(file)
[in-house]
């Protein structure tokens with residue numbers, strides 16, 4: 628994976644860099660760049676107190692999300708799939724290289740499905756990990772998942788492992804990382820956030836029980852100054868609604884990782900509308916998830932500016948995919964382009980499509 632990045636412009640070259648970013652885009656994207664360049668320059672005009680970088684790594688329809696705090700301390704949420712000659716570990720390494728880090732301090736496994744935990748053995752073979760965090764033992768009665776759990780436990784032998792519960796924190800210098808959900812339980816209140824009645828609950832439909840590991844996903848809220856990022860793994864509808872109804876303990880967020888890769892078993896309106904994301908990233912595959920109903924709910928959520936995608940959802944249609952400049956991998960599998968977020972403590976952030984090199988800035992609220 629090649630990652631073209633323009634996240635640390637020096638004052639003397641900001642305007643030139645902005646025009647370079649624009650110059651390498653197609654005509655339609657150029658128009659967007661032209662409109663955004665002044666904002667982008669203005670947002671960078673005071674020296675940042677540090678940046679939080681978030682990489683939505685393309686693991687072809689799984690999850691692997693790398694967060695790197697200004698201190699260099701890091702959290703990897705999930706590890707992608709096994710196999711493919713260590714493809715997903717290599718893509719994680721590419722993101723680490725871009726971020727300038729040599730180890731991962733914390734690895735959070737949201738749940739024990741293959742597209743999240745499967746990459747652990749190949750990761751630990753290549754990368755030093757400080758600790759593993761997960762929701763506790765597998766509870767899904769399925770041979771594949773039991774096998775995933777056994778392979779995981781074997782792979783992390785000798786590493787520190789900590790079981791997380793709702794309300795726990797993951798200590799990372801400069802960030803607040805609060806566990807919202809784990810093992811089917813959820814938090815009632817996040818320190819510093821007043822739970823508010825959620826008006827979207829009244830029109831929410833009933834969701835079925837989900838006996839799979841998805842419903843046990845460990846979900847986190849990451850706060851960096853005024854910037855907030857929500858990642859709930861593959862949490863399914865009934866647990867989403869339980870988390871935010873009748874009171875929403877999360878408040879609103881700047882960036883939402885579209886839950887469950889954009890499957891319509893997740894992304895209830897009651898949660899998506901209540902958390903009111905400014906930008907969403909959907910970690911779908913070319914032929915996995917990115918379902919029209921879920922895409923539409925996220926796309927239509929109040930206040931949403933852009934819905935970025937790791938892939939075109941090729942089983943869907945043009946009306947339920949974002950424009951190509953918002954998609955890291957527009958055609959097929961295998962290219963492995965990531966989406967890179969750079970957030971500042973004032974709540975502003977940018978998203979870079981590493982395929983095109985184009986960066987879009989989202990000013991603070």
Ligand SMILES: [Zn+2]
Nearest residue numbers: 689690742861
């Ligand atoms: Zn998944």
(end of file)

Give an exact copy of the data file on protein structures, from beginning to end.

[in-house]
């Protein structure tokens with residue numbers, strides 16, 4: 628994976644860099660760049676107190692999300708799939724290289740499905756990990772998942788492992804990382820956030836029980852100054868609604884990782900509308916998830932500016948995919964382009980499509 632990045636412009640070259648970013652885009656994207664360049668320059672005009680970088684790594688329809696705090700301390704949420712000659716570990720390494728880090732301090736496994744935990748053995752073979760965090764033992768009665776759990780436990784032998792519960796924190800210098808959900812339980816209140824009645828609950832439909840590991844996903848809220856990022860793994864509808872109804876303990880967020888890769892078993896309106904994301908990233912595959920109903924709910928959520936995608940959802944249609952400049956991998960599998968977020972403590976952030984090199988800035992609220 629090649630990652631073209633323009634996240635640390637020096638004052639003397641900001642305007643030139645902005646025009647370079649624009650110059651390498653197609654005509655339609657150029658128009659967007661032209662409109663955004665002044666904002667982008669203005670947002671960078673005071674020296675940042677540090678940046679939080681978030682990489683939505685393309686693991687072809689799984690999850691692997693790398694967060695790197697200004698201190699260099701890091702959290703990897705999930706590890707992608709096994710196999711493919713260590714493809715997903717290599718893509719994680721590419722993101723680490725871009726971020727300038729040599730180890731991962733914390734690895735959070737949201738749940739024990741293959742597209743999240745499967746990459747652990749190949750990761751630990753290549754990368755030093757400080758600790759593993761997960762929701763506790765597998766509870767899904769399925770041979771594949773039991774096998775995933777056994778392979779995981781074997782792979783992390785000798786590493787520190789900590790079981791997380793709702794309300795726990797993951798200590799990372801400069802960030803607040805609060806566990807919202809784990810093992811089917813959820814938090815009632817996040818320190819510093821007043822739970823508010825959620826008006827979207829009244830029109831929410833009933834969701835079925837989900838006996839799979841998805842419903843046990845460990846979900847986190849990451850706060851960096853005024854910037855907030857929500858990642859709930861593959862949490863399914865009934866647990867989403869339980870988390871935010873009748874009171875929403877999360878408040879609103881700047882960036883939402885579209886839950887469950889954009890499957891319509893997740894992304895209830897009651898949660899998506901209540902958390903009111905400014906930008907969403909959907910970690911779908913070319914032929915996995917990115918379902919029209921879920922895409923539409925996220926796309927239509929109040930206040931949403933852009934819905935970025937790791938892939939075109941090729942089983943869907945043009946009306947339920949974002950424009951190509953918002954998609955890291957527009958055609959097929961295998962290219963492995965990531966989406967890179969750079970957030971500042973004032974709540975502003977940018978998203979870079981590493982395929983095109985184009986960066987879009989989202990000013991603070």
Ligand SMILES: [Zn+2]
Nearest residue numbers: 689690742861
């Ligand atoms: Zn998944």